gardener
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    Great project Mike! I have really fond memories of gathering wild rice in N WI. Maybe, including wild rice among the indigenous food plants as Nancy suggested would be a nice local permaculture exhibit. You probably have a low spot on your site already. The wild rice marsh cut-dirt could be used to form the hugelkultur exhibit. Here is a nice video about growing wild rice in WI:
    https://www.youtube.com/watch?v=sxWdWg6stl0
     
    gardener
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    We're incorporating self-watering beds and grey water harvesting displays. Worm bin? We use a large cooler in the greenhouse buried, available for any clippings in addition to compostable's, worms are happy all winter.
     
    Mike Haasl
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    Rachel Lindsay wrote:

  • Before and after photos
  • Perhaps plants that are useful for other things than food, i.e., fiber plants and fencing plants
  • Solitary bee houses
  • Would anything for greywater processing--like a reed bed--work here?
  • Stored seeds that were collected on site for people to take home and plant

  • Oh yeah, we already also have a fiber and dye garden with associated workshops to do indigo dying :)  Good idea!
    And a seed library is in my head as well.
    Not sure we'll have grey water but a demo could be worth it.  Bee houses for sure!
     
    Mike Haasl
    steward
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    George Yacus wrote:
    -Mushroom logs / mycological info.
    -Seed saving or sharing station.
    -Good central area map
    -Drinking water, or portable hand washing station with bio-compatible soap
    -Presentation area for smaller breakout workshops (standard blackboard, or a chalk-and-talk-table, or a sand-table with figurines and models for illustrating zone and sector design concepts and relative element placement)
    -Bonus points if a kids-play area powers a useful thing, like a kid powered water pump or electrical lighting feature, or phone charging
    -Garden gnomes and artwork


    I particularly like these!  We do have a shade structure or educational space planned for this year.  And we're affiliated with an art non-profit in town so artsy stuff should be an easy sell.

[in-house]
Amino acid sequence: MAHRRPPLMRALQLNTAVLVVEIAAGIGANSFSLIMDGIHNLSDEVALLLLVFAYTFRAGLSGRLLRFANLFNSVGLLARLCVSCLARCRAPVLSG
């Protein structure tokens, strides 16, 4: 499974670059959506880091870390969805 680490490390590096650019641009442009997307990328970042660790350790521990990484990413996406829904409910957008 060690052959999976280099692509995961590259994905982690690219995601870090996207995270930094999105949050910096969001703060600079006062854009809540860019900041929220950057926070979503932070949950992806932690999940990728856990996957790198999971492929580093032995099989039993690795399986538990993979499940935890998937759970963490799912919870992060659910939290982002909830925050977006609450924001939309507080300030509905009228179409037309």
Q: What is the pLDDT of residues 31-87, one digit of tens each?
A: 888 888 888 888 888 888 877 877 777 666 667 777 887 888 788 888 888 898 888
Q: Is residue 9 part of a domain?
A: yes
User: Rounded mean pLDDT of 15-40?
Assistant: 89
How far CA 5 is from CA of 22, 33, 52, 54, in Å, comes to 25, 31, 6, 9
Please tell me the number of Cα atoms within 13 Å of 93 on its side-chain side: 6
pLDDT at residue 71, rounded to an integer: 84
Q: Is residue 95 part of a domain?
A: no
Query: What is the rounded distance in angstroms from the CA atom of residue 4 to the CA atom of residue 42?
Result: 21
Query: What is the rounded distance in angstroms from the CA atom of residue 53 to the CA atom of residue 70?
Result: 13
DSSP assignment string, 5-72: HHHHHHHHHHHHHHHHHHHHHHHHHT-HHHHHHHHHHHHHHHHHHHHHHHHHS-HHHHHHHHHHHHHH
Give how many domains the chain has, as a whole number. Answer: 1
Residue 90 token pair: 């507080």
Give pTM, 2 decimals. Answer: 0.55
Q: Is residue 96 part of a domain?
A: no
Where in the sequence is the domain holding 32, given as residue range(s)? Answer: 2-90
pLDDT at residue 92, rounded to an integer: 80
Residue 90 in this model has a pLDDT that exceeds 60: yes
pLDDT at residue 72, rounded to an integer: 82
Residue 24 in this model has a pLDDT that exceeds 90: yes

Mike Haasl
    steward
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    Nancy Reading wrote:Do you have time for some native American planting? I'm thinking not everyone will know of the "three sisters" - does that work in your area? I guess Camassia is further west, but are there other local curated planting schemes that are still known?

    I think 3 sisters would work and we'll likely have something like that.  Not sure about other plantings, we'd want participation from local tribal representatives before we delve too deeply into that arena.
     
    Mike Haasl
    steward
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    Amy Gardener wrote:Great project Mike! I have really fond memories of gathering wild rice in N WI. Maybe, including wild rice among the indigenous food plants as Nancy suggested would be a nice local permaculture exhibit. You probably have a low spot on your site already. The wild rice marsh cut-dirt could be used to form the hugelkultur exhibit. Here is a nice video about growing wild rice in WI:
    https://www.youtube.com/watch?v=sxWdWg6stl0


    We don't have a low area but there's rice in the area.  Probably too hard to get it growing to be worth it but a class on processing rice is in the works for this fall :)
     
    gardener
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    Wow, these are all such great ideas! I'd love to visit a garden like this!

    If you have a kids' area, things for them to play and interact with, loose parts like stumps, sticks, and rocks to build with. A loom for nature weaving. A flat-ish boulder to water paint on and other natural art materials with nature art prompts. You mentioned a living fence- a nature center near us has a living tunnel of willow for kids to walk through. Logs to balance on. Scavenger hunts- plants, bugs, animals, permaculture stuff throughout the garden, etc.

    As a mom, I like to take my kids to explore different places to learn but if there is a spot where the kids can run around and do hands on stuff, then we will keep coming back. Plus, I think most adults like doing "kids" activity too, even if they won't admit it.
     
    Mike Haasl
    steward
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    Thanks everyone!  We're having our next meeting in a couple hours so I'll take this expanded list to the group
     
    Jenny Wright
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    Mike Haasl wrote:Thanks everyone!  We're having our next meeting in a couple hours so I'll take this expanded list to the group


    How did your meeting go?
     
    Mike Haasl
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    It went well!  About 7 people were there and three more have signed on to join the group.  

    We went through the list and picked a few no-brainers that we felt we had to do and then voted on the rest.  We came up with the following for this year:

    No brainers:
    - Deer resistant planting outside the fence
    - Fruit tree guild (first stop on the walking tour)
    - Pollinator plantings in the community garden plot intersections (we have little boxes to denote the corners and we'll plant stuff in them)
    - Expand the medicinal mandala garden bed

    Top vote getters:
    - Hugelkultur (with hobbit doors, a tunnel through it and a glass window to see the innards)
    - Kid's play area
    - Weed identification sign

    Other little things like mason bee houses might happen if a class gets organized